discussion of just such in the appendices.

regards, Jack

---- Russell McMahon <.....apptechKILLspamspam@spam@paradise.net.nz> wrote:
{Quote hidden}

> --

2007\05\19@103823 by Sean Breheny

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Hi Russell,

I can't find something for air (in a quick search) but the equivalent
plumbing term is "head loss per foot" in pipe. (Head is pressure in
units of (vertical) feet of water, I think) This page has tables for
copper and PVC tubing:

http://www.plumbingsupply.com/pluminfo.html

Sean


On 5/19/07, Russell McMahon <.....apptechKILLspamspam.....paradise.net.nz> wrote:
{Quote hidden}

> -

2007\05\19@150743 by Gerhard Fiedler

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Russell McMahon wrote:

> There are two identical ducts in series with an essentially lossless
> section in between. .
>
> Per duct:
>
> Duct is a very wide and shallow rectangle (a slot in cross section )
>
> - Duct length is (only) 400mm
> - Duct width is 350mm.

I think most formulas for duct resistance will fail here. If I understand
fluid dynamics correctly, this is a length/width ratio that creates a flow
situation that's quite different from the one that the normal resistance
formulas assume (they assume much longer than wide). Normal formulas mostly
assume a laminar flow profile, which can only be expected to start after a
length of about 10 diameters.

> - Air flow is about 10l / second

Here is a formula for round pipes:

(1) delta p = lambda * (l/d) * (rho/2) * w^2

 delta p: pressure difference [N/m^2]
 lambda: friction coefficient [1]
 l, d: length, diameter [m]
 rho: specific mass [kg/m^3]
 w: flow speed [m/s]

For rectangular ducts, an equivalent diameter can be calculated:

(2) d equ = 2 * a * b / (a + b)

 d equ: equivalent diameter [m]
 a, b: sides of the rectangle [m]

You now can express d in (1) in terms of a and b from (2), where a is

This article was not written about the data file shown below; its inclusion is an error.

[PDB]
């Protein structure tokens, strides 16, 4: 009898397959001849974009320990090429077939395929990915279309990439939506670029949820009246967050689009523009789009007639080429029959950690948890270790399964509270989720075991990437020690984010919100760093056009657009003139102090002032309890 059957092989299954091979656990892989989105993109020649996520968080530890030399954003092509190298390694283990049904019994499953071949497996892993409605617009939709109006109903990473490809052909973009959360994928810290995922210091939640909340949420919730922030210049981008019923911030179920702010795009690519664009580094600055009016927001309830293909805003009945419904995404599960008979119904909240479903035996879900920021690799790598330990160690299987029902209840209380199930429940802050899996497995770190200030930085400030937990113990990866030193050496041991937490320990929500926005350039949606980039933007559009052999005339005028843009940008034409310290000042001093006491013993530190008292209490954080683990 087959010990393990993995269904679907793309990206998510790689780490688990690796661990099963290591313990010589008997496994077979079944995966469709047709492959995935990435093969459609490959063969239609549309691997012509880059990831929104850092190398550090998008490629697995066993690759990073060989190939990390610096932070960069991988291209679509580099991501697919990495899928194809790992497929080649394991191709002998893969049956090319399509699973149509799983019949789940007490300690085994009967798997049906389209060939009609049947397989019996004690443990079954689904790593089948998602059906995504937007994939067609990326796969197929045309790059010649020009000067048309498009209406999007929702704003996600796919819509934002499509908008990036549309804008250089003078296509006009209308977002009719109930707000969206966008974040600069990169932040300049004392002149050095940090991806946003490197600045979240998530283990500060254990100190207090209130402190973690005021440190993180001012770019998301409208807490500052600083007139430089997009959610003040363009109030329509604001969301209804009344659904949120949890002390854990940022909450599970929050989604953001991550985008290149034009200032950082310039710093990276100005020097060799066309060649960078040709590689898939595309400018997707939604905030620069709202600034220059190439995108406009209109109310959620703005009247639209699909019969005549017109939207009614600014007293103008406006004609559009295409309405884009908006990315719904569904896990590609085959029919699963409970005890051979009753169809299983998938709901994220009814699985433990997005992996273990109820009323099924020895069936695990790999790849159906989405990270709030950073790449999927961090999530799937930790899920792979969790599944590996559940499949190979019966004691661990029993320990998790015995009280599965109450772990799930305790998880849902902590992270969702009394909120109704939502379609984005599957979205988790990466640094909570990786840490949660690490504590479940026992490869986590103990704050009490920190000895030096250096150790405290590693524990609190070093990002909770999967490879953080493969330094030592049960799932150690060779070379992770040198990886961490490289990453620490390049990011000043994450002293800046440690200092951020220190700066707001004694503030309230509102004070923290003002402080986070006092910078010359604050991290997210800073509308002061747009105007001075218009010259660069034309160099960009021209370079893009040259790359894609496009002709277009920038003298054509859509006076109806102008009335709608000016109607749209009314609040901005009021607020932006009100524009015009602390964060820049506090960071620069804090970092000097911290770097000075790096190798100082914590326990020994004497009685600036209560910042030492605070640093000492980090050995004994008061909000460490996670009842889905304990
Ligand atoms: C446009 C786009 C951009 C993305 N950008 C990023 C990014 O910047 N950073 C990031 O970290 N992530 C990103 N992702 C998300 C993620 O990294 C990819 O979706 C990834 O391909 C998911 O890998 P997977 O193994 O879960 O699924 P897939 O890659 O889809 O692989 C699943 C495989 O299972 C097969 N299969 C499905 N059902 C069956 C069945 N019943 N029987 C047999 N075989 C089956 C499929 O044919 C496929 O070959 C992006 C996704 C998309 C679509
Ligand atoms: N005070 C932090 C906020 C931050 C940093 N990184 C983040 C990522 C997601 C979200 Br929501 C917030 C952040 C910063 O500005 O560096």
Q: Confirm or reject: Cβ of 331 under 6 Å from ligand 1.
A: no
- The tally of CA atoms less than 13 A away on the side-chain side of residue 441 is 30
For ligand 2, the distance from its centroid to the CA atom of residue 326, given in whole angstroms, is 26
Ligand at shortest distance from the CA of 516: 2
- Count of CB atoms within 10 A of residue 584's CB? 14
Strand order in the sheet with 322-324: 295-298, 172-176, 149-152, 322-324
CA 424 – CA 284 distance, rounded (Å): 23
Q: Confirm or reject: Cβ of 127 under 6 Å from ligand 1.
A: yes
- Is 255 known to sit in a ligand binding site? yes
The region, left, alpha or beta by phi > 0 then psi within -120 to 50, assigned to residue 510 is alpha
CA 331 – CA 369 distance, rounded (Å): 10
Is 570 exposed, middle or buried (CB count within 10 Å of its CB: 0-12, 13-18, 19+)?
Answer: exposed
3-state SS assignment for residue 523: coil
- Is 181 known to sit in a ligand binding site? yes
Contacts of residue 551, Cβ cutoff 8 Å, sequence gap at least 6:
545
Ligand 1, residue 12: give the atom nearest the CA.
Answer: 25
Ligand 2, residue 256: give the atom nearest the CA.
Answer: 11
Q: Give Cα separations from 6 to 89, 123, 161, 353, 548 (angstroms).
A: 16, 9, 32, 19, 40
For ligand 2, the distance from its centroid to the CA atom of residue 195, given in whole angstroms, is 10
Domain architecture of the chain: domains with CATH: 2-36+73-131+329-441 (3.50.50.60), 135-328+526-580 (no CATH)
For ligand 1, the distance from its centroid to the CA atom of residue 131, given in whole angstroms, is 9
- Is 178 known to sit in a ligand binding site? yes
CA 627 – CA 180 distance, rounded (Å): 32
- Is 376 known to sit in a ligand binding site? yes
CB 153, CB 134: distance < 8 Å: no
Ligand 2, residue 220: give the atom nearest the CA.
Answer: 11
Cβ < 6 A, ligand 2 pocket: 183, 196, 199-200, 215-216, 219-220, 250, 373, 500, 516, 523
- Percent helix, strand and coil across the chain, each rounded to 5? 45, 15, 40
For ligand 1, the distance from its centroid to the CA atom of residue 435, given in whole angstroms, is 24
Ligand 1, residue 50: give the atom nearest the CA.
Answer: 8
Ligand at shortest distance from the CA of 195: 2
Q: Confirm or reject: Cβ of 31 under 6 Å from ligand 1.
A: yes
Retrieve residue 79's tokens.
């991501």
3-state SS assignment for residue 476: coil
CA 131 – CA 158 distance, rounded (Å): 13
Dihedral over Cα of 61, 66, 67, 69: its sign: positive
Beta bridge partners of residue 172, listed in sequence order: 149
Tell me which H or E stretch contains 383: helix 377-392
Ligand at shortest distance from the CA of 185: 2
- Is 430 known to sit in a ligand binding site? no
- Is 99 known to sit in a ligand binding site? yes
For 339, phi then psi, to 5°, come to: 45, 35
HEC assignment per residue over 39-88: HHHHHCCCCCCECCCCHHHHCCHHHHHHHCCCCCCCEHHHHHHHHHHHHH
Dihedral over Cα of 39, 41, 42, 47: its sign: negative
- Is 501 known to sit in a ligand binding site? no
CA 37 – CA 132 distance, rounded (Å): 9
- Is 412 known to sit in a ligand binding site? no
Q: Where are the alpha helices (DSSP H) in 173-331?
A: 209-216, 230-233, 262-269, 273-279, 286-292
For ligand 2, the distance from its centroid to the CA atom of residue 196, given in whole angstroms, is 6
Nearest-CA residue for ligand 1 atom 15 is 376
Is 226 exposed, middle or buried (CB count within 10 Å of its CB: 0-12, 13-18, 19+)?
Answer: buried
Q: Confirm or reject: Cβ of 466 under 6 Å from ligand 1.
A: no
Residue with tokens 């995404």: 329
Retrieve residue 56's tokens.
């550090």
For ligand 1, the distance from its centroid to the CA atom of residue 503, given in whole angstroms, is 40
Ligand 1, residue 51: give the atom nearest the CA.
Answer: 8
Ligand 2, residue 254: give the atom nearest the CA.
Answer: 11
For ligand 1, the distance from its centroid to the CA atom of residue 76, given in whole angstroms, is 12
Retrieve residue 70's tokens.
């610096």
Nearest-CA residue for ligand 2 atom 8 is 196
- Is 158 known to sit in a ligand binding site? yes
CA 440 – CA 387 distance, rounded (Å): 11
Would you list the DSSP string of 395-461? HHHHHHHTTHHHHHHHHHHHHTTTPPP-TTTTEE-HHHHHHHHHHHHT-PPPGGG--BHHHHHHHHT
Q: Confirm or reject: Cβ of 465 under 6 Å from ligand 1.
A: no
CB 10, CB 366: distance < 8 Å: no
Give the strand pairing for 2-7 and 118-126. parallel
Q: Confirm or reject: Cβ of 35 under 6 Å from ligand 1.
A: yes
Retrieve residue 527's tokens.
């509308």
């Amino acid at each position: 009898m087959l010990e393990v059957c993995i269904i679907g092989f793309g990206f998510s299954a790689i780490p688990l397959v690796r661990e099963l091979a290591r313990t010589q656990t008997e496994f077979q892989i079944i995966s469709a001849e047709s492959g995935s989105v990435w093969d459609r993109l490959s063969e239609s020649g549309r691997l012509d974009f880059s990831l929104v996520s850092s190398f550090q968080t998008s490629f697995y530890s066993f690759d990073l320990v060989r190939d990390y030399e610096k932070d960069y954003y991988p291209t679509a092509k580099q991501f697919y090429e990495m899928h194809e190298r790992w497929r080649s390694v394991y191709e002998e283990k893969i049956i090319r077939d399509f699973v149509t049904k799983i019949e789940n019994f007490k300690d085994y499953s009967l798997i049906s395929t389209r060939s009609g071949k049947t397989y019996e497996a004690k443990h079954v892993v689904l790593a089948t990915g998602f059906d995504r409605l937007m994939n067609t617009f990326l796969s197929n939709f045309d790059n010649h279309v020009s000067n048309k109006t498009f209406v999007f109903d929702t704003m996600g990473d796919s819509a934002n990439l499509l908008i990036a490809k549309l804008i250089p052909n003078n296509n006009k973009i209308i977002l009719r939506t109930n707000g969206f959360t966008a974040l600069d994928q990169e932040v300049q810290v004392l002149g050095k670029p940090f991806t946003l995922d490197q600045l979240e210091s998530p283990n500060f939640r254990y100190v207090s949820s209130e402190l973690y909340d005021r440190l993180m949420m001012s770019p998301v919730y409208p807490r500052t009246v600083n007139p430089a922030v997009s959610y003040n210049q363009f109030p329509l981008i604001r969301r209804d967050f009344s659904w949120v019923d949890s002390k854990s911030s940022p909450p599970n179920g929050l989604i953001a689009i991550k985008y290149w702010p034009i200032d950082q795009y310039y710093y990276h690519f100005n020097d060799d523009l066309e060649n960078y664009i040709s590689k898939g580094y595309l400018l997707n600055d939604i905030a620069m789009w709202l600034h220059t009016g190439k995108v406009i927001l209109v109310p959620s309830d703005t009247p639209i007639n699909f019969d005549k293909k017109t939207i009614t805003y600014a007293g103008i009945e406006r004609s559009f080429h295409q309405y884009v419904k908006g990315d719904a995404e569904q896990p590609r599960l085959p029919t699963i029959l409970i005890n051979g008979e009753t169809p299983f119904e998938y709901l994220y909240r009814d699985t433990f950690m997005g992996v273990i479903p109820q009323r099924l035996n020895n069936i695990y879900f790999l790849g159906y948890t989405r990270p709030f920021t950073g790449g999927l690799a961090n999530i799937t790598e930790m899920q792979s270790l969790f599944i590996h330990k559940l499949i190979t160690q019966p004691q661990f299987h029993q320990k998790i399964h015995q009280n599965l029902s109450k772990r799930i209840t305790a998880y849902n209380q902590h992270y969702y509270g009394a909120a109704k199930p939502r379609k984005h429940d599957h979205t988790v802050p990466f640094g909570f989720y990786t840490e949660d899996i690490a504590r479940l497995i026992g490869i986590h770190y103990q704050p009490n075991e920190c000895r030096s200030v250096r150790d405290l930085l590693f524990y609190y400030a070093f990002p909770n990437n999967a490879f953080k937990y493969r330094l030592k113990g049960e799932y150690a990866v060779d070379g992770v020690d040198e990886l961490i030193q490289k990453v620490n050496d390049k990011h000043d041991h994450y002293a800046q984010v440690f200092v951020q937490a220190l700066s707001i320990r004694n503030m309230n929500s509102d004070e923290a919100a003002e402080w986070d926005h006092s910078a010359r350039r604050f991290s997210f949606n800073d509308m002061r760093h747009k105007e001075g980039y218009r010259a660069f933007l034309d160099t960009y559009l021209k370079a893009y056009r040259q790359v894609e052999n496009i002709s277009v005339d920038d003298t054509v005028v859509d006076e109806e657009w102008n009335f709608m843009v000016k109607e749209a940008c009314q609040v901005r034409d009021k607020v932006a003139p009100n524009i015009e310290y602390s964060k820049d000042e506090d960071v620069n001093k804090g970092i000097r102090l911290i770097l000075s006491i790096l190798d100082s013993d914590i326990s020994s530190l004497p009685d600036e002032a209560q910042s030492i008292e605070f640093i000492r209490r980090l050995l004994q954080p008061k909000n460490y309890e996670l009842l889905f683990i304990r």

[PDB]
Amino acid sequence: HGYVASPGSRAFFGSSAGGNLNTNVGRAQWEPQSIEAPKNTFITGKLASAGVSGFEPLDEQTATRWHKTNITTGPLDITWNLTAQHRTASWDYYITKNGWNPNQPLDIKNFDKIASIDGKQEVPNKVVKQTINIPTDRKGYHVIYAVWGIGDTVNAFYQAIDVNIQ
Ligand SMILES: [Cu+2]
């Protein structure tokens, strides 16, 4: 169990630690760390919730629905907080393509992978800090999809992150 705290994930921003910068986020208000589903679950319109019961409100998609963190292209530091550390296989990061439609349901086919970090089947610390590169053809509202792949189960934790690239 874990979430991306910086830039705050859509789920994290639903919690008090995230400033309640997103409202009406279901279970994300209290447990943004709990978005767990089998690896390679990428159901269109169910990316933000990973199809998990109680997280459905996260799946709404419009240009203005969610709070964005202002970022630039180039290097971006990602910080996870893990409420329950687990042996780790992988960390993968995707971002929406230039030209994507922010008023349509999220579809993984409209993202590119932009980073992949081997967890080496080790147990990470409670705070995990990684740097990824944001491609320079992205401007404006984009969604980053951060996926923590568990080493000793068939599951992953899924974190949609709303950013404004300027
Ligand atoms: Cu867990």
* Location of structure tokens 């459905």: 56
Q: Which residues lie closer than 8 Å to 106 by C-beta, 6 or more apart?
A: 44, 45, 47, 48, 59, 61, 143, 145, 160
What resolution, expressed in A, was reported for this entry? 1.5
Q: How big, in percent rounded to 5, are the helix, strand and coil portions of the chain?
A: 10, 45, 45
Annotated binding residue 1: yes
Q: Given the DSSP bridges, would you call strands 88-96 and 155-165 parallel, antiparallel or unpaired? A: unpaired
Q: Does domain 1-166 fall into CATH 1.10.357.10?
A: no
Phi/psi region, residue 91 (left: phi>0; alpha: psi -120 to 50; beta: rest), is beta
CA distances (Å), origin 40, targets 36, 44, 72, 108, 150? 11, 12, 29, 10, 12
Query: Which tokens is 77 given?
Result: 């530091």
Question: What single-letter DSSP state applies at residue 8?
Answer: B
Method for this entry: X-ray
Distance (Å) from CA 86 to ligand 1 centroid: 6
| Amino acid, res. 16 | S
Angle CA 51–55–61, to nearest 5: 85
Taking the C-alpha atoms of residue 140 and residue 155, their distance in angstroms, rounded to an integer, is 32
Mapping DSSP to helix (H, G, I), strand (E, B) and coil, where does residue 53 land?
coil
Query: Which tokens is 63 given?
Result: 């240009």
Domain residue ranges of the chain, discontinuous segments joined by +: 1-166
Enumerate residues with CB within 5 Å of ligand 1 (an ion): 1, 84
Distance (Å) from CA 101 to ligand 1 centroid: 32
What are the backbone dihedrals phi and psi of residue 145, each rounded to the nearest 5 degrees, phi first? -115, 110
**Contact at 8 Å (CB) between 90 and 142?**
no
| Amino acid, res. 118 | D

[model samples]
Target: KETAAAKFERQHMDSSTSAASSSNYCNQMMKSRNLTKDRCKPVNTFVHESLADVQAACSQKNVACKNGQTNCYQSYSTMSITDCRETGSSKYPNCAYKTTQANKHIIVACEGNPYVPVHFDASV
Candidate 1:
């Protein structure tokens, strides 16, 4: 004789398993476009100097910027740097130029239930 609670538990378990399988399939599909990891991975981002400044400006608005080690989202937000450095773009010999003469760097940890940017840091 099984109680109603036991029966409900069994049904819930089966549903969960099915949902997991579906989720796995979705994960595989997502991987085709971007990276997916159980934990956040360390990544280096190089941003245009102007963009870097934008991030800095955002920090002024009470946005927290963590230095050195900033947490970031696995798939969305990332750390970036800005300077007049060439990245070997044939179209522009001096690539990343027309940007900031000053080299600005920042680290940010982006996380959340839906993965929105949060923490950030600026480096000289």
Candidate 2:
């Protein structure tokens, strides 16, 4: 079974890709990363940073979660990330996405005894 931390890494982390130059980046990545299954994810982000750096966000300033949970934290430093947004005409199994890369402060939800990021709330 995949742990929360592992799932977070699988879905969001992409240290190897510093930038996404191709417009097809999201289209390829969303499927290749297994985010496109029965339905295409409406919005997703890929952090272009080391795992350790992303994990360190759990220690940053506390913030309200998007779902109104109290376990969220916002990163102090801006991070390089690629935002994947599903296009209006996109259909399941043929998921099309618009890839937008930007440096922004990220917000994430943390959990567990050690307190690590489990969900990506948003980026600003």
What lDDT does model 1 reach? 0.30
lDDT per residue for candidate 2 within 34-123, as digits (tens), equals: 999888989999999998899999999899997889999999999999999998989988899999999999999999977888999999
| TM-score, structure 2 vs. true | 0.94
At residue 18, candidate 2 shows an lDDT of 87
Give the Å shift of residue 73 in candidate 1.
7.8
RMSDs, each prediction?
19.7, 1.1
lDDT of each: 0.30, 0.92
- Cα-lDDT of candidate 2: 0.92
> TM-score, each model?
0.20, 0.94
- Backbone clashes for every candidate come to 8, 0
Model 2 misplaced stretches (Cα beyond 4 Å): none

constant and b is what you want. You have delta p and l given. rho is known
(at least the range, depending on your temperature range). w can be
expressed as a function of the volume flow (given) and cross section
(composed of the given a and the result b). That leaves us lambda as only
unknown.

lambda (probably something like "friction coefficient" in English) depends
on the flow profile (laminar, turbulent -- in your case the latter, given
your short length), the smoothness of the inner surface and the Reynolds
number.

For turbulent flow and ideally smooth surfaces is

(3) lambda = 0.3164 * Re^(-0.25)

(If you want to go into more detail here and possibly take the surface
smoothness into account, I have other formulas for this. But the principle
remains the same; you'd only have one more variable in here and much more
complex formulas.)

The Reynolds number is

(4) Re = w * d / nu

 w: flow speed [m/s]
 d: (equivalent) diameter [m]
 nu: "kinematische Zãhigkeit" (don't know the English name) [m^2/s]

Now we can insert lambda from (3) in (1) and substitute Re with (4). In
(4), we can substitute w and d like before (with a, b and the given volume
flow), and nu is ~13 at 0°C, ~15 at 20°C, ~17 at 40°C (for air at 1 bar, in
10^-6 m^2/s).

I didn't do all the substitutions, but you'll end up with a formula that
you can solve for b (height of the duct), dependent on only known values.
You'll get even a notion how much the various parameters influence the
result; this could potentially be more interesting than the actual result
itself.

Gerhard

2007\05\19@151454 by Gerhard Fiedler

picon face
Russell McMahon wrote:

> My friend Ken Mardle provided this reference
>
>         www.engineeringtoolbox.com/darcy-weisbach-equation-d_646.html
>
> which looks like it will be highly useful once I take the time to come
> to grips with its nuances.

This talks about the same calculations I just wrote about. The page took a
while to load here, so I only saw this now, after I already sent the other
message. In this page you'll find some more detailed explanations (and the
correct terms in English :) of the formulas I used.

Gerhard